How Adobe forcefully took away our domain
Around 2007 I purchased the domain PhotoshopFiles.com and started developing a site with free files for photoshop users, the site was not intended to trick users in any way, or make them think they are on Adobe's site, or sell Adobe related products, etc.
In 2019, after over 12 years of working on the site, promoting it, etc, and when site grown into a community with over 100 000 confirmed members, Adobe hired a law firm called Perkins Coie LLP, this firm started threatening me over email to simply hand over the domain to them or else I would face various consequences.
Adobe's lawyers made an UDRP domain claim, basically complaining that they should own the name because they have rights over part of the domain name (photoshop), (they also have copyright over the letter "A" among many others).
The claim was made to ADR Forum , a mediation company licensed by ICANN domains authority to mediate domain disputes, and to lock, transfer domain ownership to whoever they please, without domain owner being able to do anything.
Once a claim is made, I am able to select 3 board members / lawyers that would mediate the case, bastically if you pay a ~$1450 you are able to pick 3 laywyers from a predefined list of "approved" lawyers, these lawyers work full time for these corporations like Adobe, and for a living they advise them on how to protect their brand. The lawyers I pick are just a guidance, the other party also selects 3, and the mediator picks one from each side and one from them.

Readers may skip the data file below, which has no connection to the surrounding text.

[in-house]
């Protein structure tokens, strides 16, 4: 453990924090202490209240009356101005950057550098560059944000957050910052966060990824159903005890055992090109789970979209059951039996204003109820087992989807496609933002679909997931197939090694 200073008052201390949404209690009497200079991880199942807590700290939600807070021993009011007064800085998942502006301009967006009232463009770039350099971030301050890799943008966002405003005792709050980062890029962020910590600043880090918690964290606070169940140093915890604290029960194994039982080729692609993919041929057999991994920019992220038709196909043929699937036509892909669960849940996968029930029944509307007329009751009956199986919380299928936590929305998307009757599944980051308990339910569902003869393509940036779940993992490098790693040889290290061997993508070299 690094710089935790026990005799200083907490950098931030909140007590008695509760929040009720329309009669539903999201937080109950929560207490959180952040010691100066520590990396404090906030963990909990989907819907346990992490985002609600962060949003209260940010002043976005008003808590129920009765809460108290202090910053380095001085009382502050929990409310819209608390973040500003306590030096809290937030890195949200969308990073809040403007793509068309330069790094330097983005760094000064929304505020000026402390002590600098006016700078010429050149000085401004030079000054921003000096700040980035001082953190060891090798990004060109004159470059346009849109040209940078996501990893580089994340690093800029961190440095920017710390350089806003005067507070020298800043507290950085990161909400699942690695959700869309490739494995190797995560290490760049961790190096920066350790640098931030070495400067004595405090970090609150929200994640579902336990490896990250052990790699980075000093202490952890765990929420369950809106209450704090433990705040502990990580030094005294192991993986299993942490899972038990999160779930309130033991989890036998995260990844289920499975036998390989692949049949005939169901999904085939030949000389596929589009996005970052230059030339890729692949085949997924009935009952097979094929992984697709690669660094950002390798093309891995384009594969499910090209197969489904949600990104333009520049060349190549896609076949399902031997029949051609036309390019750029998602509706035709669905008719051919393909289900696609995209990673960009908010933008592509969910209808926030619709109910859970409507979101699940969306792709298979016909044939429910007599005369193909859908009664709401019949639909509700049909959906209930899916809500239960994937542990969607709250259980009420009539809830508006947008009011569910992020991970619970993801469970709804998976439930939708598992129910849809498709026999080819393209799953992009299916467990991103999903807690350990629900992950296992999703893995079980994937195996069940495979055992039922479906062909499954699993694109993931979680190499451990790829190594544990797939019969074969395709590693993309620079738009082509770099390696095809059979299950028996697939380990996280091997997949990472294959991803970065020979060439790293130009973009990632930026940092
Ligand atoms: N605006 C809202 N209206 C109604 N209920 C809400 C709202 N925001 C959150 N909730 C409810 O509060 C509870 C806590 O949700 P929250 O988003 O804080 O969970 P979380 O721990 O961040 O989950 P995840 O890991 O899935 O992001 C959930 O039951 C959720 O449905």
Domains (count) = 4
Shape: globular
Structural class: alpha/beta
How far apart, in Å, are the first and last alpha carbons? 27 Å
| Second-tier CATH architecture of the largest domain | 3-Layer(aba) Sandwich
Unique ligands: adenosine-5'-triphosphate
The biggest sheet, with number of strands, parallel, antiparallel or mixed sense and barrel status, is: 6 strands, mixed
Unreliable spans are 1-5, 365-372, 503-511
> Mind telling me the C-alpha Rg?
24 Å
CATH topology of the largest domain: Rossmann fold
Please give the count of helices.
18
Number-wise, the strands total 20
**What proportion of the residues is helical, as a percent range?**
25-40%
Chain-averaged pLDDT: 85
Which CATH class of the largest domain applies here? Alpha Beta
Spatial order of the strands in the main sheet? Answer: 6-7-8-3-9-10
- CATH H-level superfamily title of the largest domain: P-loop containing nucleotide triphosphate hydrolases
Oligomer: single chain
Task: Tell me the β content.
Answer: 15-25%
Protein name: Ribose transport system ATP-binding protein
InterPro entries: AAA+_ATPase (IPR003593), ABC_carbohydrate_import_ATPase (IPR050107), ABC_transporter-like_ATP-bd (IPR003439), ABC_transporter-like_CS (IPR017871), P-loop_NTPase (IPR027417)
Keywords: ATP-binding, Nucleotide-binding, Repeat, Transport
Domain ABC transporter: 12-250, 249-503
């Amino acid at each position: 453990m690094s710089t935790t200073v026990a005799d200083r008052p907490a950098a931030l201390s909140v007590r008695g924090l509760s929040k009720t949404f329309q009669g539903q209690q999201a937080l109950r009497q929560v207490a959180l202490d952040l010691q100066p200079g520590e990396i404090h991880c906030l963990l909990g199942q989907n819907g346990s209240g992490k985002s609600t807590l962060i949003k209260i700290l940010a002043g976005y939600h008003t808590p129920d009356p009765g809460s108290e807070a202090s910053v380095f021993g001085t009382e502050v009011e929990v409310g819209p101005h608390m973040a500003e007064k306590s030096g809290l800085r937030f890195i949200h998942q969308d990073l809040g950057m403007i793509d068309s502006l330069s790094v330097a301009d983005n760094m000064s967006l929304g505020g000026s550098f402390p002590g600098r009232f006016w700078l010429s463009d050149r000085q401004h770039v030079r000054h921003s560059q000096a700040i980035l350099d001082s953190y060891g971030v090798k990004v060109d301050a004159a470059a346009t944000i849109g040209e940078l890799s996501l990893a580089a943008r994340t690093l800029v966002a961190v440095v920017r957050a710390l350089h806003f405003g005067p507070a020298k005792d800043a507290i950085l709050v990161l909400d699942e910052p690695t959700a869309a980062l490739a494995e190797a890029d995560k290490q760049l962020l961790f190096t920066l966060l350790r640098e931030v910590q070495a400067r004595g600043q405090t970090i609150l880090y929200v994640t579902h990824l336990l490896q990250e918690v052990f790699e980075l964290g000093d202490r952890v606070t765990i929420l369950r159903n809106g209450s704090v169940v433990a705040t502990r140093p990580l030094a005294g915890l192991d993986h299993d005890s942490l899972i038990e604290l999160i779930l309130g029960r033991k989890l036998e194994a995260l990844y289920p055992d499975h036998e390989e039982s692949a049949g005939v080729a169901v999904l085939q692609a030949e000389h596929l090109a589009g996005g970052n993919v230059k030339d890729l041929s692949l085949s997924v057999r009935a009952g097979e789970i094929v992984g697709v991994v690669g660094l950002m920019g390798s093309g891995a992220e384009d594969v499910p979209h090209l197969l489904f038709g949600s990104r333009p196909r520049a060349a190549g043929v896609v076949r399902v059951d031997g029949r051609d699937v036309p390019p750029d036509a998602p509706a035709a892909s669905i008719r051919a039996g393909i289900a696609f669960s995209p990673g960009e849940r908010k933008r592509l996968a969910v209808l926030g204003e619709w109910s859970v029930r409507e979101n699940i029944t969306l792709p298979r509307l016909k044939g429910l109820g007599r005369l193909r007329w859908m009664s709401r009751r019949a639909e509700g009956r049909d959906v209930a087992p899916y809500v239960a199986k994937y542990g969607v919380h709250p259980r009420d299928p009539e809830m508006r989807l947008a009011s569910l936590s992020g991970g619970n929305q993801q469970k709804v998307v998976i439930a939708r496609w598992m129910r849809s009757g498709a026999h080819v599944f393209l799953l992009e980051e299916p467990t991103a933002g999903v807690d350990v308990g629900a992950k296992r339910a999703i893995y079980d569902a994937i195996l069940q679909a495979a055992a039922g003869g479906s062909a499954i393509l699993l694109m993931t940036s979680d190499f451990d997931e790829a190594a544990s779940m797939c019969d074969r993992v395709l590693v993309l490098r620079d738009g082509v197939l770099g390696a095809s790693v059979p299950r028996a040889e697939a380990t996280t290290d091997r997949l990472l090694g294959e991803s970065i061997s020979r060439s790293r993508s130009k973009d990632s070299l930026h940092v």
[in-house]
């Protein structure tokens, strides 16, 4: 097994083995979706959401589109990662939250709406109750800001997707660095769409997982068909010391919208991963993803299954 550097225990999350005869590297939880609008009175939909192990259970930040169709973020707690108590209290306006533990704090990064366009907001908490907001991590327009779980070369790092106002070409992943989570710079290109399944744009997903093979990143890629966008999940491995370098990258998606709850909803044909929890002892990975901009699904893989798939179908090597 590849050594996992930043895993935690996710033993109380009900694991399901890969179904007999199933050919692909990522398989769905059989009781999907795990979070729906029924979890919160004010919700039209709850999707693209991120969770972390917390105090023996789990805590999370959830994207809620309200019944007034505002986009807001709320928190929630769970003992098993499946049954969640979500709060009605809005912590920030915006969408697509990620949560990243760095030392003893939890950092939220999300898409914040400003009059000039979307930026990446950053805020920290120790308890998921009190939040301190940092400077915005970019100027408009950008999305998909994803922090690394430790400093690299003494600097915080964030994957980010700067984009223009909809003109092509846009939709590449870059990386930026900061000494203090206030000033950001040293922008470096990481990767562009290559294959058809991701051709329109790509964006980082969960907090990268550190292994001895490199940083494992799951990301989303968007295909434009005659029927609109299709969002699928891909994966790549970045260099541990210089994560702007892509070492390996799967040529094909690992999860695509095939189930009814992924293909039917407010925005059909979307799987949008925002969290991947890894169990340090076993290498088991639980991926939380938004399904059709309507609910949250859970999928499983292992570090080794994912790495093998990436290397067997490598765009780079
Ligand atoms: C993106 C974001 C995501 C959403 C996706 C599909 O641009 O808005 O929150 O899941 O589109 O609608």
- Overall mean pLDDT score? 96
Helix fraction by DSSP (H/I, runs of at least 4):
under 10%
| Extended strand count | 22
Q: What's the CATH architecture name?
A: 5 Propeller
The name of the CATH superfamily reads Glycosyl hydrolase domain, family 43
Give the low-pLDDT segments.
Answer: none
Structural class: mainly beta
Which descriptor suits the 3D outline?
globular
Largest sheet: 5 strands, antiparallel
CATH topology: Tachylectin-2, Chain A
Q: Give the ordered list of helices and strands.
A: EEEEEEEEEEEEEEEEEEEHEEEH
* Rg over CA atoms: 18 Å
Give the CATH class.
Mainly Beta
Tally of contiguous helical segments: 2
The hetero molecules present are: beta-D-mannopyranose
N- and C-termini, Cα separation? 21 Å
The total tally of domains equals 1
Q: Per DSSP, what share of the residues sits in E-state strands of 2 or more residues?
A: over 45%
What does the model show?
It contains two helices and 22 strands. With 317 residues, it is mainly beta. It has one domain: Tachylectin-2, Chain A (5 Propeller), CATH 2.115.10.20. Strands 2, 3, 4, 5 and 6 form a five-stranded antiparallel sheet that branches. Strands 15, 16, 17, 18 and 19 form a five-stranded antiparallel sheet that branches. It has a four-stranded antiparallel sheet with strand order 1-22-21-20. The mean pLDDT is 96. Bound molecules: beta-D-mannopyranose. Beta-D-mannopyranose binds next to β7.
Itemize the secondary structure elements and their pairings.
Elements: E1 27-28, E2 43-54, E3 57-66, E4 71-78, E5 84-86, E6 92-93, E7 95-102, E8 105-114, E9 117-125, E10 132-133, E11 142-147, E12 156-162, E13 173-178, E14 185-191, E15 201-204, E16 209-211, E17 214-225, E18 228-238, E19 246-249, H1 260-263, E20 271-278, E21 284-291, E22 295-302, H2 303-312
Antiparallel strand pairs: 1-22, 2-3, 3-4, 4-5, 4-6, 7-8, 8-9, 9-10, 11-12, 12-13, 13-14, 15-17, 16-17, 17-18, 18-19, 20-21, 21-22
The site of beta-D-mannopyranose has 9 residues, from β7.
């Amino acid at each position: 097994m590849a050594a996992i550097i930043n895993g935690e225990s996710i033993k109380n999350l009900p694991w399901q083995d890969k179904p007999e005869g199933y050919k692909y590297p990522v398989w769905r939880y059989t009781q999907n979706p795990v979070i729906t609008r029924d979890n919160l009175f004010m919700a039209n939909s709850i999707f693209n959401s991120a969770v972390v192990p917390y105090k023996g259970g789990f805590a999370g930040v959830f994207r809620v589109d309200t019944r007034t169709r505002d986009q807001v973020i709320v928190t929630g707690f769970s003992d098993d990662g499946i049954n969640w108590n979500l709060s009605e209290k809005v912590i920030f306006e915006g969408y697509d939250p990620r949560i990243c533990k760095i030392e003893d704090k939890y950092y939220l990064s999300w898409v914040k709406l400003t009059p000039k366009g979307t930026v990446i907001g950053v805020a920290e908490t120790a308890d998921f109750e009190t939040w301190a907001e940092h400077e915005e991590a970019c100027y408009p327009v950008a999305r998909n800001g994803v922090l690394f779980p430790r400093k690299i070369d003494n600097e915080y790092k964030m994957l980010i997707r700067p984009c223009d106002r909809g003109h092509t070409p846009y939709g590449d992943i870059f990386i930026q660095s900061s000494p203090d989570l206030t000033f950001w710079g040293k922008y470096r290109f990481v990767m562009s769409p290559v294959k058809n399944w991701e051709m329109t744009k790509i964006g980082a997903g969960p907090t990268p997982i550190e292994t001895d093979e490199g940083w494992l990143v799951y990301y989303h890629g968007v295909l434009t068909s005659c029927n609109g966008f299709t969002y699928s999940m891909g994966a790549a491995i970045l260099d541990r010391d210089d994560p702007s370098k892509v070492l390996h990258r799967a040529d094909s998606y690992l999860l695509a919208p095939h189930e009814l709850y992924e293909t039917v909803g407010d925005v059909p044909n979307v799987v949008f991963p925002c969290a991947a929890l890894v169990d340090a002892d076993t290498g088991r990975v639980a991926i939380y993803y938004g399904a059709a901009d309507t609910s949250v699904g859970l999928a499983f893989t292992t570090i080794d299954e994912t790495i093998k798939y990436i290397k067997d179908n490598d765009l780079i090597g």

Quick question: Can you guess what are the chances of an individual from Romania against a multi billion dollar company when the decision is made by corporate lawyers working for the same companies ?! Thank you ICANN for such fair rules.
The 3 above mediators / lawyers decided that the Adobe is the rightfull owner of the domain photoshopfiles.com and in next few weeks, our registrar NameCheap transfered our domain to them.
During the UDRP procedure the law says that domain should be locked, but the UDRP should not affect renewal of the domain, however NameCheap blocked the domoain renewal too, so in case Adobe loses the dispute, I can lose the domain by not being able to renew it.
Also, under the same UDRP procedure, namecheap disabled my whois privacy and exposed my private information (home address, home phone, email, etc) to the internet, breaking the European GDRP law. NameCheap did this on the lawyer's request, so they can gather private information about me, and to see what other domains I own.
I made a complaint to ICANN about how NameCheap blocked domain renewal, and exposed my private information, ICANN waited over 10 days for NameCheap to revert that, and then replied after a few hours and told me they see no problem. When I shown proof of the rules and laws broken they basically said they don't care and I am free to sue NameCheap if I want to.
In order to confirm I am not being ripped off and that this whole thing is a fraud, I asked CarmenP (case coordonator) from AdrForum if they made any verifications to confirm that the person initiating the claim is indeed acting on Adobe's behalf. She replied that I am free to make the verifications myself, I asked again saying that since they locked my domain (and later took it away) they should confirm that this is not a fraud and that claim initiator is indeed acting on Adobe's behalf. They didn't reply anymore.
AdrForum case id: FA1902001829809
If you are wondering why this happens, a good reason for Adobe to do this is that they manage a competitive service called "Adobe Exchange" where they earn commissions by selling files and components, so they cannot let others like PhotoshopFiles.com offer similar files for free.
Our site is now called OpenGFX and will be used to give users access to free graphics and possibly additional formats besides PSD/Photoshop files.